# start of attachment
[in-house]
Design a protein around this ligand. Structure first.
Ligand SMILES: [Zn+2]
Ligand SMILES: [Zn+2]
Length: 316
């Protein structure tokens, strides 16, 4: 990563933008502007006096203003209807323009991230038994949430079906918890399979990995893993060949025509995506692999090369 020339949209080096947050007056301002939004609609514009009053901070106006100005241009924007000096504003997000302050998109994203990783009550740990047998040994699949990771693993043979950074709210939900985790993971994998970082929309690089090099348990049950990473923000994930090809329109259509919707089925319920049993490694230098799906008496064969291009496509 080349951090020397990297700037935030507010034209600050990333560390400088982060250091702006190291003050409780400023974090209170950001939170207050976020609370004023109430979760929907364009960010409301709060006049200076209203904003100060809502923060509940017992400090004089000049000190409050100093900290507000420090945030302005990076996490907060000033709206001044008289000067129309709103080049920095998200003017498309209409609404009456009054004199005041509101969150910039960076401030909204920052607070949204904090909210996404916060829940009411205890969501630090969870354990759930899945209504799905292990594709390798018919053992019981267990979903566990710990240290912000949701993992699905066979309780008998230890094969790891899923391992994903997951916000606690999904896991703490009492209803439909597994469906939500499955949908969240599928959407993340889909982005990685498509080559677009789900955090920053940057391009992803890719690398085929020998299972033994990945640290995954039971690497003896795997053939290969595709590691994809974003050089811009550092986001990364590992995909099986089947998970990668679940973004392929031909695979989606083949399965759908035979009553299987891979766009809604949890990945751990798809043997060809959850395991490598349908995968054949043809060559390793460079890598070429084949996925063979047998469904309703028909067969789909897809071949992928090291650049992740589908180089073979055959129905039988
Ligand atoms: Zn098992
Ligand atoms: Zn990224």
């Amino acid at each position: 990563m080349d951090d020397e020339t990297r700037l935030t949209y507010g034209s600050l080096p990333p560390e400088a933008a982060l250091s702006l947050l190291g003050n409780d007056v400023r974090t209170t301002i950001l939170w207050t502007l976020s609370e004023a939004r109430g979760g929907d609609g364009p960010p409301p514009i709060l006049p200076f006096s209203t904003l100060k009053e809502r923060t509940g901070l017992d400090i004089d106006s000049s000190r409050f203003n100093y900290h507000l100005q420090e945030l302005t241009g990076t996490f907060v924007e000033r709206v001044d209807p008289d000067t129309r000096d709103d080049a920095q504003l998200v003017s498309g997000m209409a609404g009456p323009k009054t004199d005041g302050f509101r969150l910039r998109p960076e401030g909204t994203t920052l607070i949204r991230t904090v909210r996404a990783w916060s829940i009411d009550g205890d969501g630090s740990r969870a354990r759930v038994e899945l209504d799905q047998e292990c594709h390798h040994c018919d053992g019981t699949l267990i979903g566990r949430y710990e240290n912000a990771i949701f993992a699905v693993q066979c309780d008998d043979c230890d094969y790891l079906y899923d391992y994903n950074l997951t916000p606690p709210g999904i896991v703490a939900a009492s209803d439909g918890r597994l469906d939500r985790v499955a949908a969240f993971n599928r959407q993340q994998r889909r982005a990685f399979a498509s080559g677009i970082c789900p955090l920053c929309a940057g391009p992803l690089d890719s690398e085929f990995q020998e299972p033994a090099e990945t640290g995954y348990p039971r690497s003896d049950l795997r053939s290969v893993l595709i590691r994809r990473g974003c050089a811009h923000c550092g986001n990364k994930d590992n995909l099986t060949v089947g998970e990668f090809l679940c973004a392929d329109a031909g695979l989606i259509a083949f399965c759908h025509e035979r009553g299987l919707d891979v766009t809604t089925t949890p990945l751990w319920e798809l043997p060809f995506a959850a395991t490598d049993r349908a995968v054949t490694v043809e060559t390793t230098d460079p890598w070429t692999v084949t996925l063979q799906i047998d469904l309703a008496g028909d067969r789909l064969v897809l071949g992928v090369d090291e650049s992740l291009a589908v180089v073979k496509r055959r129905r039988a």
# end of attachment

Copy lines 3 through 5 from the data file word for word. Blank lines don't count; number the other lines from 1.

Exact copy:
Ligand SMILES: [Zn+2]
Ligand SMILES: [Zn+2]
Length: 316